‘Holistic’ foundation gives voice to non-religious spirituality

Following a campaign to acknowledge non-religious spirituality on the UK Census 2011, the Foundation for Holistic Spirituality is aiming to integrate a new emerging spirituality into public life

What did you tick on the religion box in the census earlier this year? William Bloom is hoping that, if you have a sense of spirituality, but aren’t religious, you wrote ‘holistic’ as your answer.

It’s been four years since William, a leading author and educator in the mind-body-spirit field, and his colleague Nigel Anthony, once a City based accountant, decided to form the Foundation for Holistic Spirituality (F4HS).

A not-for-profit, non-denominational organisation, F4HS is a supporting network for like-minded individuals and groups, which aims to give voice and platform to a new emerging spirituality. This spirituality it regards simply as a natural human connection with the wonder and energy of nature, the cosmos and all existence, together with the instinct to explore and understand its meaning.

“Holistic is shorthand for an openhearted, open-minded approach that recognises the connections between all aspects of life, celebrates diversity and respects the essence of all the world’s spiritual traditions,” says William.

With a doctorate in political psychology from the London School of Economics, William has 30 years experience in researching and teaching modern spirituality and has written a plethora of books, including The Endorphin Effect; The Holistic Manifesto, and most recently The Power of Modern Spirituality.

His background also includes ten years working with people with special needs, a two-year spiritual retreat living amongst the Saharan Berbers in the High Atlas Mountains, and co-founding Alternatives, which runs talks and workshops on contemporary spirituality and personal development at St James’s Church, Piccadilly.

This year’s census campaign was just one of several strands to the Foundation’s ongoing efforts to give spiritual people an equal voice to those of traditional religions, in politics, education and in everyday life.

William feels it is important that the spiritual perspective is democratically recognised by the census, because it would be used to guide national and local government policy. He wants spiritual people to have a coherent voice.

His primary concern was that the impact of the census results would influence, for example, the curriculum of religious studies in schools, the way in which pastoral and chaplaincy work is done in hospitals, colleges and prisons, and NHS initiatives that link spirituality with wellbeing.

Via another strand of their work, the Holistic Spiritual Alliance Project, William and Nigel encourage communities of spiritual people around the UK to link up with similar locals to engage with public bodies and local and national government.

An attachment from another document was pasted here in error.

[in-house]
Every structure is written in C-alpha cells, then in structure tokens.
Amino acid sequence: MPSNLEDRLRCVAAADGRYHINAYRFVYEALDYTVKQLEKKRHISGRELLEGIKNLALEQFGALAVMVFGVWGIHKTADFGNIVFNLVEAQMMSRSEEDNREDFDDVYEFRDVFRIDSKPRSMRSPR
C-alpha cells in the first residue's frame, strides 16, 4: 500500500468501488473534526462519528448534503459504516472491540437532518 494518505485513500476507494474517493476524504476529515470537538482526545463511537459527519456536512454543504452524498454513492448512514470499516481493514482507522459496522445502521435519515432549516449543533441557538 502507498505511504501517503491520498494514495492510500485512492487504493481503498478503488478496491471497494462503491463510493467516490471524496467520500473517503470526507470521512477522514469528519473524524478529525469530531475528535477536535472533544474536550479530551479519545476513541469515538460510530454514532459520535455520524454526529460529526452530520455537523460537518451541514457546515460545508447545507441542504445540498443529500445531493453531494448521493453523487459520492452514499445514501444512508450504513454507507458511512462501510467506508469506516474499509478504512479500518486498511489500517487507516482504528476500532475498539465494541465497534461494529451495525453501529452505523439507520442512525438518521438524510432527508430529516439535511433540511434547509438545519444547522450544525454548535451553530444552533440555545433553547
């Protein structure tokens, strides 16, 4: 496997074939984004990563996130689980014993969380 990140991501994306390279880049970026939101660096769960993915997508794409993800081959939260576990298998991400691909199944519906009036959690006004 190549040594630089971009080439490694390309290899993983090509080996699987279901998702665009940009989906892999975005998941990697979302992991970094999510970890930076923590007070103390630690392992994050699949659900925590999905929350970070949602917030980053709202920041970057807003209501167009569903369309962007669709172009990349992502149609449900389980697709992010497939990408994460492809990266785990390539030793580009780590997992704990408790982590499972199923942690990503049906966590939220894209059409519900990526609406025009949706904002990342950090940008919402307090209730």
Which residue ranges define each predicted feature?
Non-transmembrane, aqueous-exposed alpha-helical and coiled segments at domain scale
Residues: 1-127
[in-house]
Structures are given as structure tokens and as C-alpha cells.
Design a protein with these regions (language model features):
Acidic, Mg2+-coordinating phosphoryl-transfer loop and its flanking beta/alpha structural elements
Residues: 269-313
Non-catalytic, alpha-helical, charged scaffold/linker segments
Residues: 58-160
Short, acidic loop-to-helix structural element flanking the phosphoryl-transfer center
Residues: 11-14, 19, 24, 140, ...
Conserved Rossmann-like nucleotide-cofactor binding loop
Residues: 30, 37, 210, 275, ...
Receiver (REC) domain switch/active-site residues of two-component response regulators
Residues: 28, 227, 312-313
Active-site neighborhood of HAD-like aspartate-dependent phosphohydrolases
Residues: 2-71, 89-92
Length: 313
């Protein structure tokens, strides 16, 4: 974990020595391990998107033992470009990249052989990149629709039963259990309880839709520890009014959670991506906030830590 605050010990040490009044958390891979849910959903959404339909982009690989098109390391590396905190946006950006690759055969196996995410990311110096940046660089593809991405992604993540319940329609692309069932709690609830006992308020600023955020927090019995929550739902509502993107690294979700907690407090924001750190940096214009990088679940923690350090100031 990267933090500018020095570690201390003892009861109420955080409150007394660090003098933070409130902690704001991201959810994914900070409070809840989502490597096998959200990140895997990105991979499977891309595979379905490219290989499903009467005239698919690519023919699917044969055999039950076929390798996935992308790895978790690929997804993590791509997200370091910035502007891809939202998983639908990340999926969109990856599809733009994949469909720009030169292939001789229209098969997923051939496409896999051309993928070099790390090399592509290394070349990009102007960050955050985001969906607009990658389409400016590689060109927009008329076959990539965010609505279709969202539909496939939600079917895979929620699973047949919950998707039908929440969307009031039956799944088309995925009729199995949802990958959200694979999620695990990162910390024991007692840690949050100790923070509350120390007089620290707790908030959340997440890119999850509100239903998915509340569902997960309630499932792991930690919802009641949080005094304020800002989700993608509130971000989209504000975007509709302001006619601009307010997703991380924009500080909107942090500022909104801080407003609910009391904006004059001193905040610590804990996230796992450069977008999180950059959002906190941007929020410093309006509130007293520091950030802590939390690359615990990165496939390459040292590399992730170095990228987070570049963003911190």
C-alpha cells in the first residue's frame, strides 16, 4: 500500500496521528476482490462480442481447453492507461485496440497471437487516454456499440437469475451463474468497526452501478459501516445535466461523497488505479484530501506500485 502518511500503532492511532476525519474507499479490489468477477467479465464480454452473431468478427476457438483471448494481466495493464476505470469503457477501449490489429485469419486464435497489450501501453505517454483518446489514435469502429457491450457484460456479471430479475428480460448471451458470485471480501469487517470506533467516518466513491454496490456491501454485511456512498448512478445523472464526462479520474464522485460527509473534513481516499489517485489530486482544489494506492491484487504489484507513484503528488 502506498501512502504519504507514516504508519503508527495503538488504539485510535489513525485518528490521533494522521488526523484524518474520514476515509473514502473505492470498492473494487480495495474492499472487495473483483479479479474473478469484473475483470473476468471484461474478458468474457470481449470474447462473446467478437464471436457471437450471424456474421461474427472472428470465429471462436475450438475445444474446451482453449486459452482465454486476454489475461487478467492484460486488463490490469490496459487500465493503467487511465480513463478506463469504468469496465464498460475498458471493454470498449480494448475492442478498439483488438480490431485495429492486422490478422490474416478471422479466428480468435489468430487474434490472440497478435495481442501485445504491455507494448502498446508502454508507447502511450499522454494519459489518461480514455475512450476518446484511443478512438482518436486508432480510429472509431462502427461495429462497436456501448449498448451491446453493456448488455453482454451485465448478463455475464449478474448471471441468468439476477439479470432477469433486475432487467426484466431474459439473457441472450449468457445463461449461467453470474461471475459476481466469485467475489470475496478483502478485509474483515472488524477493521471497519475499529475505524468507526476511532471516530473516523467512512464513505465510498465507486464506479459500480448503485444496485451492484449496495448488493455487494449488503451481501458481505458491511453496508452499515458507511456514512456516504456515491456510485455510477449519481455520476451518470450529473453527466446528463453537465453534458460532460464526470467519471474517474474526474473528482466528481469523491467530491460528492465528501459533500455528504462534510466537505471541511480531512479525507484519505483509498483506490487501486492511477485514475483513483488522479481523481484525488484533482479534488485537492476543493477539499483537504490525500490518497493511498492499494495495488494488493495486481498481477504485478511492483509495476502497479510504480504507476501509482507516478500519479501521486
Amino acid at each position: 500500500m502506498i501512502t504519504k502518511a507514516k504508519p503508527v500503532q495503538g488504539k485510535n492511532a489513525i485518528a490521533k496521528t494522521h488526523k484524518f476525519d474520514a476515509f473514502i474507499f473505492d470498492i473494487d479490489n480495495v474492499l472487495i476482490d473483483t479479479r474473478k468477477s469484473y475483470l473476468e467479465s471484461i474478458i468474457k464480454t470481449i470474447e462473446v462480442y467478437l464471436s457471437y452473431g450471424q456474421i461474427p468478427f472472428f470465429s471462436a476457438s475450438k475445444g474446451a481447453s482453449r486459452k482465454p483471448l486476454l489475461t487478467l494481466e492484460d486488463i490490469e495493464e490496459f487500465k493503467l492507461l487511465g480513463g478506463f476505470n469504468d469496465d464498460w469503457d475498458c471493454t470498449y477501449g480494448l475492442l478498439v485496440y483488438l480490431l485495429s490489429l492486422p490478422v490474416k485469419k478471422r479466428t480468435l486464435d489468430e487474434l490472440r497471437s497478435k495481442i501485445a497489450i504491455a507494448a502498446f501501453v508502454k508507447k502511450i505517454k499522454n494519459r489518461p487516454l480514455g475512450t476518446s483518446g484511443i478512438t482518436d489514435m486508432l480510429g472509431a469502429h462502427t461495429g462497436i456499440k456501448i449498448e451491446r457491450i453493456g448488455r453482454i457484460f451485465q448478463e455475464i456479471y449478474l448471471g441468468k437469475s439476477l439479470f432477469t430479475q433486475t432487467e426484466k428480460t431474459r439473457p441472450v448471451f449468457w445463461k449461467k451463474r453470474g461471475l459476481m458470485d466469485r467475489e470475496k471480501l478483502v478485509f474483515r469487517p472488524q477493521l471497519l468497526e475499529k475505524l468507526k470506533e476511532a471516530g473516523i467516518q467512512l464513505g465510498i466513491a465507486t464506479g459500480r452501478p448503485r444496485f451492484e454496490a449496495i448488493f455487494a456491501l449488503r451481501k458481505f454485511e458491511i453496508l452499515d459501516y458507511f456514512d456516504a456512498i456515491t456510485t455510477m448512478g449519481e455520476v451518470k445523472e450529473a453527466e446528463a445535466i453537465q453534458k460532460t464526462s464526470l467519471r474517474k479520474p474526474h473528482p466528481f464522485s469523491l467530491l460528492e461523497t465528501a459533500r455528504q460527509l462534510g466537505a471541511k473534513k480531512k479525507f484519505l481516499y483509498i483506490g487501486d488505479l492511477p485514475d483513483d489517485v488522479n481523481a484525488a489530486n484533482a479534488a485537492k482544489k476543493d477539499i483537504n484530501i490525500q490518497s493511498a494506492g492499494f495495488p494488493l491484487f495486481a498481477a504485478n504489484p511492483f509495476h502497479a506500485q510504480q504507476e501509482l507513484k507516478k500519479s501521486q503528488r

There are 12 alliances now based around the UK. At the moment, representatives of traditional religions sit on public bodies, so F4HS think it’s only fair and appropriate that spokespeople for spiritual but non-religious people also sit on these boards.

Members of the alliance, of which there are currently about 3,000, are keen to get across their views about the world. They feel that the values that they have are sustainable and humane and are connected with the long-term wellbeing of individuals and communities.

By 2018, the goal of F4HS is to ensure that the concepts and strategies of a holistic approach to spirituality are fully embedded in the language of education, healthcare, social services, community building and the rest of public life.

To grow the movement further, the team have devised the Spiritual Companions Course, which trains mentors to work with others who are on their own holistic spiritual journey in life. The project is currently running in London, Norwich, Glastonbury and Harrogate.

F4HS has also begun to roll out the Holistic Map online, a kind of holistic Yellow Pages, which is attempting to map and list all UK centres, projects and people who are involved with a holistic approach to contemporary life and spirituality.

As the foundation continues to develop and look for new ways to spread its message, there is a good chance the movement could strengthen at a time when it seems much of society is looking for new meaning in life.

“The census was an obvious platform to say something positive,” says William. “Although we don’t yet know how successful we’ve been in terms of influencing people to fill in their census forms and won’t know the top line results until late 2012, we will continue to move forward with delivering real policy work including forming partnerships with relevant agencies, developing training programmes for education and the NHS, and overall translating modern spirituality into practical strategies that help schools, nurses, doctors and social workers too.”